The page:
Former Pakistani Prime Minister Imran Khan announces his party is resigning from all assemblies and calls off the protest march to Islamabad because he fears it will cause "havoc" in the country.
Lieutenant General Asim Munir replaces General Qamar Javed Bajwa who is due to retire this month.
The development puts to rest days of speculation about a deadlock over the replacement of the outgoing military chief.
Former prime minister and chairman of the Pakistan Tehreek-e-Insaf party, Imran Khan, speaks exclusively with TRT World about the assassination attempt on his life.
Khan was released from hospital after he was wounded by gunfire as he led a political party convoy through thick crowds in the eastern city of Wazirabad.
Pakistan's government denies any involvement and blames the assassination attempt on a gunman fueled by religious extremism.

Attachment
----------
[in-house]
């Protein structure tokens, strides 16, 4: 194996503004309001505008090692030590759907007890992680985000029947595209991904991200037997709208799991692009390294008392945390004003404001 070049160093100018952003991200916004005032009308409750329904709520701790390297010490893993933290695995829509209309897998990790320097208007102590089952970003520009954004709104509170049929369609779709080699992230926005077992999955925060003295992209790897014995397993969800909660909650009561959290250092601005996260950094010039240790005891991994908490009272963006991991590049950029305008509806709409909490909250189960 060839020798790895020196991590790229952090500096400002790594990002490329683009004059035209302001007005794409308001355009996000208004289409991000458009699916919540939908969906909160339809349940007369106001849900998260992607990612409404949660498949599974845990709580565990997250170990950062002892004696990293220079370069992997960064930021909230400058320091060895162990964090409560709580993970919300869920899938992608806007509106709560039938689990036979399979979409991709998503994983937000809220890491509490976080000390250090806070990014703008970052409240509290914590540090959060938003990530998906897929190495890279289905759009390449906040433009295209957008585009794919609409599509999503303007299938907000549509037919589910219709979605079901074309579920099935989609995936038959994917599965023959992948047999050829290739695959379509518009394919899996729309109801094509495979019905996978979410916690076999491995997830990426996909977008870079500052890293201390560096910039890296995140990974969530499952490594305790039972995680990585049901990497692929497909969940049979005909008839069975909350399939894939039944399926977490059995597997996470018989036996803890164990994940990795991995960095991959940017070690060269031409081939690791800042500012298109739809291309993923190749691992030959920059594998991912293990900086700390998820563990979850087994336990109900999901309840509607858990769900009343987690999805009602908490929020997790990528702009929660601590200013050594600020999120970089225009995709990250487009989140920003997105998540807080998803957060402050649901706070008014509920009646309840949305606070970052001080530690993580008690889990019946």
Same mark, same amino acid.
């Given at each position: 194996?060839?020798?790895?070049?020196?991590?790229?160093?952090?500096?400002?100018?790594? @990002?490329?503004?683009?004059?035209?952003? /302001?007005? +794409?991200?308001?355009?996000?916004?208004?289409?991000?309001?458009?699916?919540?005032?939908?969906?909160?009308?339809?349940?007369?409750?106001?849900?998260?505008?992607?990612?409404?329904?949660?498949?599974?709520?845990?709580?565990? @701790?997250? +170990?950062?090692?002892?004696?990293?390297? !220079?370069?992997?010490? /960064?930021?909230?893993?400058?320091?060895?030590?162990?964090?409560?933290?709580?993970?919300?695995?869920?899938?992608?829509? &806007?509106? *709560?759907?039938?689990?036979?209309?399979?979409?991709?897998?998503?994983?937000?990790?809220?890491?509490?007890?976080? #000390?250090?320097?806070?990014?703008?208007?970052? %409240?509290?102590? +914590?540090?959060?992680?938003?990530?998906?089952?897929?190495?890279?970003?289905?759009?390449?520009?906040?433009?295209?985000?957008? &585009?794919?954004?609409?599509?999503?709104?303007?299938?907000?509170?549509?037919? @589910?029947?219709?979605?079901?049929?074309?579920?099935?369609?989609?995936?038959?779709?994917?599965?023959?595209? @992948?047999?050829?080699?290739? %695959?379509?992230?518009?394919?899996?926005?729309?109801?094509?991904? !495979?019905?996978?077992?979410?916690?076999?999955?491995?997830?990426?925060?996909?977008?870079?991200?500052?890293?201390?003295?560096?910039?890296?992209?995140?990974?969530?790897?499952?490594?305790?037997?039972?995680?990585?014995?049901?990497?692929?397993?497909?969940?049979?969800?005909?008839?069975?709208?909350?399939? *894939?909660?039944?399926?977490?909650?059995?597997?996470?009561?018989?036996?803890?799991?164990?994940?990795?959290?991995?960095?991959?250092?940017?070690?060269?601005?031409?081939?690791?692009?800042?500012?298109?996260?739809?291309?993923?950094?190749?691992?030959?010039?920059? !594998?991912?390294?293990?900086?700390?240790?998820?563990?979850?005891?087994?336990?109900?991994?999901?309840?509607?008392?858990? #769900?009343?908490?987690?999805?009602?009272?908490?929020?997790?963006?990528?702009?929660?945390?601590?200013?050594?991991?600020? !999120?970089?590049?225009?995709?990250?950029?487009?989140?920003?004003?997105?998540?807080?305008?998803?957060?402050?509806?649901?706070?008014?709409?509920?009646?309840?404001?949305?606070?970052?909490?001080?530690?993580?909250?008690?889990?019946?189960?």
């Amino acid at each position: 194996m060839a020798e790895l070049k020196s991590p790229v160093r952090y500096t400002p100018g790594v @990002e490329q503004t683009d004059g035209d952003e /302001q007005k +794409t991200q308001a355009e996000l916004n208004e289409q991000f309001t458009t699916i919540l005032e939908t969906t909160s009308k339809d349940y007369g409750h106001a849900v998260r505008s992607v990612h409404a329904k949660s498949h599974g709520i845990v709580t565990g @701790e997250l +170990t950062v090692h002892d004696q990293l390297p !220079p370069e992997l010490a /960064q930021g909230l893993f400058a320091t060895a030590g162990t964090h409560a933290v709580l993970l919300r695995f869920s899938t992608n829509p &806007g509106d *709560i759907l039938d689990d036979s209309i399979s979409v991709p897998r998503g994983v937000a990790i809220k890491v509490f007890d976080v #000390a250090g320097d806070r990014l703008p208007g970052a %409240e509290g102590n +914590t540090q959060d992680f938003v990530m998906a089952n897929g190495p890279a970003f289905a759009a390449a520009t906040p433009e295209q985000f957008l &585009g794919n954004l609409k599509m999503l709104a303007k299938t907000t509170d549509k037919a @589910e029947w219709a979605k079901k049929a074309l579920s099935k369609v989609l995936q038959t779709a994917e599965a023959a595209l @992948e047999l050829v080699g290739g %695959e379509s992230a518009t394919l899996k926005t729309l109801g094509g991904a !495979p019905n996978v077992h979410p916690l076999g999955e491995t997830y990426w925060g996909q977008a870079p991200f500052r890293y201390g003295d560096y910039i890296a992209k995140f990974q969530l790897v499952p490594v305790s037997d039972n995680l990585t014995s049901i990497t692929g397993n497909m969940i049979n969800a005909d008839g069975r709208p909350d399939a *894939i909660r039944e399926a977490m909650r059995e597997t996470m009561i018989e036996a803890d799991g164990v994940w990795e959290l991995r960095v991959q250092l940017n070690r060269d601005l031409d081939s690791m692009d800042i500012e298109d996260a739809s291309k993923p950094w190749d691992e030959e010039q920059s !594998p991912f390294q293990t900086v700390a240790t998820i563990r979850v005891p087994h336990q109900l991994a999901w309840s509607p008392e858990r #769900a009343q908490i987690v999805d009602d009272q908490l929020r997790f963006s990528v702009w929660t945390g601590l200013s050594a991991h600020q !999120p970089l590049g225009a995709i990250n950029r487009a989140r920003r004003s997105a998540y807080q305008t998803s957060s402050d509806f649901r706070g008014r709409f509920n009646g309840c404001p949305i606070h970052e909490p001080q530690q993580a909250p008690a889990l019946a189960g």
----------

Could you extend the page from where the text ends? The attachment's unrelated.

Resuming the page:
Pakistan has witnessed several political assassinations, attempted killings and even suspicious death of national leaders since it gained independence in 1947.
Turkish Foreign Ministry says Ankara attaches importance to the peace and stability of Pakistan and conveys its condolences over the death of a Pakistani citizen in the attack in which Imran Khan was injured.
Imran Khan's supporters began gathering again early on Friday at the spot where his convoy came under a gun attack, which killed one man and wounded at least 10 others.
The attack on his convoy killed one man and wounded at least 10 others, significantly raising the stakes in political crisis gripping the country since Imran Khan's ouster as prime minister in April.
Thousands of Khan's supporters take to streets to protest what his aides and the country's president say was "a clear assassination attempt" by his rivals.
Khan was shot in the leg at a political rally in what his aides and the country's president called "a heinous assassination attempt", drawing widespread condemnations.
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